Inflation creeps up to defy analysts



Britain’s inflation rate unexpectedly overshot the Bank of England’s 2 per cent target on Wednesday as annual consumer price inflation rose to a three-month high of 2.1 per cent in July from 2.0 per cent in June, the Office for National Statistics has said.

While economists had expected annual inflation to drop to 1.9 per cent from 2 per cent in June before sterling’s slide has had much chance to feed into consumer prices, the official data revealed an increase in consumer price inflation, driven by rises in the prices of computer games, toys, hotel rooms, clothing and shoes.

The older measure of retail price inflation - which this month will determine increases in many rail fares for 2020 - edged down to 2.8 per cent from 2.9 per cent, in line with forecasts.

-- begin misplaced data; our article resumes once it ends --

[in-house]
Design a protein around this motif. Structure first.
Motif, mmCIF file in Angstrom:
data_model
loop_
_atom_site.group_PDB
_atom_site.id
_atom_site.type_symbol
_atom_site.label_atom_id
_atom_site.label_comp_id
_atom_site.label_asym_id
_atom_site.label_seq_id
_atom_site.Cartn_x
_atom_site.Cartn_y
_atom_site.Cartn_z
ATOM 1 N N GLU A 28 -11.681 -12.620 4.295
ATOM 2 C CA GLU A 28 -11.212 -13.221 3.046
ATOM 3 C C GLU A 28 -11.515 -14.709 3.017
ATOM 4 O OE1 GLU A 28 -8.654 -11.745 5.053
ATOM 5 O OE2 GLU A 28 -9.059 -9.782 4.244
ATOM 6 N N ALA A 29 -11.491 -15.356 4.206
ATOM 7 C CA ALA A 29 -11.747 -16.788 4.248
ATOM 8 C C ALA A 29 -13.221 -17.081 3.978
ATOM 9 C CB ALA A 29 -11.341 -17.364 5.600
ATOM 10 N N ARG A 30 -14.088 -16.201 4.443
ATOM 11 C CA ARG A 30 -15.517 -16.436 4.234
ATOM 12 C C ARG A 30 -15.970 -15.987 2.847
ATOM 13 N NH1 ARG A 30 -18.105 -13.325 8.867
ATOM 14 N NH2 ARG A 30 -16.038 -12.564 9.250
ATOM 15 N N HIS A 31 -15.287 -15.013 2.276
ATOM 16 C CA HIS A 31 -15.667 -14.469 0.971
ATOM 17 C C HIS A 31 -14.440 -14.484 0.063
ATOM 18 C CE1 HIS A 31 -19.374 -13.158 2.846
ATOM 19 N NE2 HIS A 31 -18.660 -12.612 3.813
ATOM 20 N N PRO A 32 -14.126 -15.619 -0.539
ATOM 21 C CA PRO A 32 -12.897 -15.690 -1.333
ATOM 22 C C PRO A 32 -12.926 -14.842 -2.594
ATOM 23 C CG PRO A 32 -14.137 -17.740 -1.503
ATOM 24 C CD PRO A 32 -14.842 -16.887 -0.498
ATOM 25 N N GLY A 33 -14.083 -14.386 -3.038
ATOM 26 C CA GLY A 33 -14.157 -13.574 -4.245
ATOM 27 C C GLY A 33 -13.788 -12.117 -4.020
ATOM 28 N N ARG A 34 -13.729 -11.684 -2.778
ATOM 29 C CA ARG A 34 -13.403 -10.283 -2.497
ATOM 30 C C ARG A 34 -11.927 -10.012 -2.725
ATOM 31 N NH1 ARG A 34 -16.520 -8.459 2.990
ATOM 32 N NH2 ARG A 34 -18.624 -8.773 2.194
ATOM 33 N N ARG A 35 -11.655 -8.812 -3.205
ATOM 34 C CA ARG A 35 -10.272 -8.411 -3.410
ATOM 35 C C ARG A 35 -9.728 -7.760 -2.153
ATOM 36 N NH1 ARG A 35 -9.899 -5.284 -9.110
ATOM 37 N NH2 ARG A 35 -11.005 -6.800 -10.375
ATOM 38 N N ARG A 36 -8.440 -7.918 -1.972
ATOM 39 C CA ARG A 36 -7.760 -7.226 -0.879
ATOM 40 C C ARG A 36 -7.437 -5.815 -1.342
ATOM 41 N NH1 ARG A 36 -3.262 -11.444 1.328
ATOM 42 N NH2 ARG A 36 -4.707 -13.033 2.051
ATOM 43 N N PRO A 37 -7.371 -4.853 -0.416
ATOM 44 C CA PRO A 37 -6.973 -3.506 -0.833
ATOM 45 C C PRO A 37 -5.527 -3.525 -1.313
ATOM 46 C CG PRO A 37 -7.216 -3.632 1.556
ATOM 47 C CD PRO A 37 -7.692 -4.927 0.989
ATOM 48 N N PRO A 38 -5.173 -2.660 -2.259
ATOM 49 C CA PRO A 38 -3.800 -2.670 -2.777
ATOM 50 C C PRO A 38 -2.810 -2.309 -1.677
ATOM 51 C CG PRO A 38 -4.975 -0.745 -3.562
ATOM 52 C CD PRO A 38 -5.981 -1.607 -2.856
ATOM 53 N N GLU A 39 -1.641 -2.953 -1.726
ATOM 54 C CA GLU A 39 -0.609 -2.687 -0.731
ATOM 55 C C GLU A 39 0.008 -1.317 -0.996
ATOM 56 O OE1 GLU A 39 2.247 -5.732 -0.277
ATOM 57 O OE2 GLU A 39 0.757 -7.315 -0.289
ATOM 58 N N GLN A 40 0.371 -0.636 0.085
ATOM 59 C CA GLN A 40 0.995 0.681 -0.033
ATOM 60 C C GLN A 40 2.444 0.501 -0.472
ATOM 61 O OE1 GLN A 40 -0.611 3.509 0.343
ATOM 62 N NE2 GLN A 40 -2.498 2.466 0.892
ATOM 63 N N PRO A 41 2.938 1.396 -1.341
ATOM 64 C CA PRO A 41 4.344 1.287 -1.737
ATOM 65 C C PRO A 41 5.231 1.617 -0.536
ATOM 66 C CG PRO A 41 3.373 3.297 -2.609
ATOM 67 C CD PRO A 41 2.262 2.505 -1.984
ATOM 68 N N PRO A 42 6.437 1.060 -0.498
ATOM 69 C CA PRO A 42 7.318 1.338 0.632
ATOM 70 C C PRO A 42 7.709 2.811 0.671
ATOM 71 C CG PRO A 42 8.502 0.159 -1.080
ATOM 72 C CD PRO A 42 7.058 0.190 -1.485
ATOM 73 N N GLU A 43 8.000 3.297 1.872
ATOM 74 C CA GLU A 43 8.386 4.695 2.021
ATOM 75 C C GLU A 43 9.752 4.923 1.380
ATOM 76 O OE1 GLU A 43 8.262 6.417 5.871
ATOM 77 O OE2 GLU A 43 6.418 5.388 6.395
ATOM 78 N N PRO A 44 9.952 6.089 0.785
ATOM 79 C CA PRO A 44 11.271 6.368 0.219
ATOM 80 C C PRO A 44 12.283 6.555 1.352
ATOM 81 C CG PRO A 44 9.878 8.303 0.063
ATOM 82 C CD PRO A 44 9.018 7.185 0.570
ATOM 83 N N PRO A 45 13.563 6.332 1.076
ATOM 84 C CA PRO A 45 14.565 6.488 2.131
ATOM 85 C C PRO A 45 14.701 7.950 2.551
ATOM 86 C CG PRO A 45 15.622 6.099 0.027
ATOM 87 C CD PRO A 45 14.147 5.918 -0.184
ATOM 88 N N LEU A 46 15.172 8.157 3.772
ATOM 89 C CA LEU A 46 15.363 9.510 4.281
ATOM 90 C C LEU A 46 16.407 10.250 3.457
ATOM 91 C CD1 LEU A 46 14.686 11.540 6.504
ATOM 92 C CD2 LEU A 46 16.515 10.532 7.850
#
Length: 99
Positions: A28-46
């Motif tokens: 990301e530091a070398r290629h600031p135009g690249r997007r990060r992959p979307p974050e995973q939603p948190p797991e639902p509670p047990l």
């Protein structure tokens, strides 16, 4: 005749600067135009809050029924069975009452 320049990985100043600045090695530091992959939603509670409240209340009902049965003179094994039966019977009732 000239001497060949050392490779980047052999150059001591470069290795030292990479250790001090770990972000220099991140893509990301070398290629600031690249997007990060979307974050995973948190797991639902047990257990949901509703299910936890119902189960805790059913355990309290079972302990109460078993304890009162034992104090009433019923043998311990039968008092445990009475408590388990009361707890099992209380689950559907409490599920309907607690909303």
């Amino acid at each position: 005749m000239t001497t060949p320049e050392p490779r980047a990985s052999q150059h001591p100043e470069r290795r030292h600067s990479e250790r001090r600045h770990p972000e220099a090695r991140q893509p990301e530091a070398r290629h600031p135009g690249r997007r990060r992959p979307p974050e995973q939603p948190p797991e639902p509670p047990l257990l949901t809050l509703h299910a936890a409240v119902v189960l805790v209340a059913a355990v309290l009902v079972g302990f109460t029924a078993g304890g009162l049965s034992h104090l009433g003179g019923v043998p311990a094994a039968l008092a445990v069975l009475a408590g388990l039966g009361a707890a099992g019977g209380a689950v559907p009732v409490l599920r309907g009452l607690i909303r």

Earlier this month the BoE predicted consumer price inflation would fall to a three-year low below 1.6 per cent in the final quarter of this year, reflecting lower oil prices and government caps on household energy bills.

Analysts said the rise in the cost of living is likely to be supported in coming months by the recent decline in the pound, sparked by fears of a no-deal Brexit, as well as strong pay growth. 

Wages rose at the fastest pace in 11 years between April and June compared with a year earlier, according to figures released by the ONS yesterday. 

“Inflation remains near target, but continued depreciation of the pound could push it higher,” Nancy Curtin, chief investment officer at Close Brothers Asset Management, said.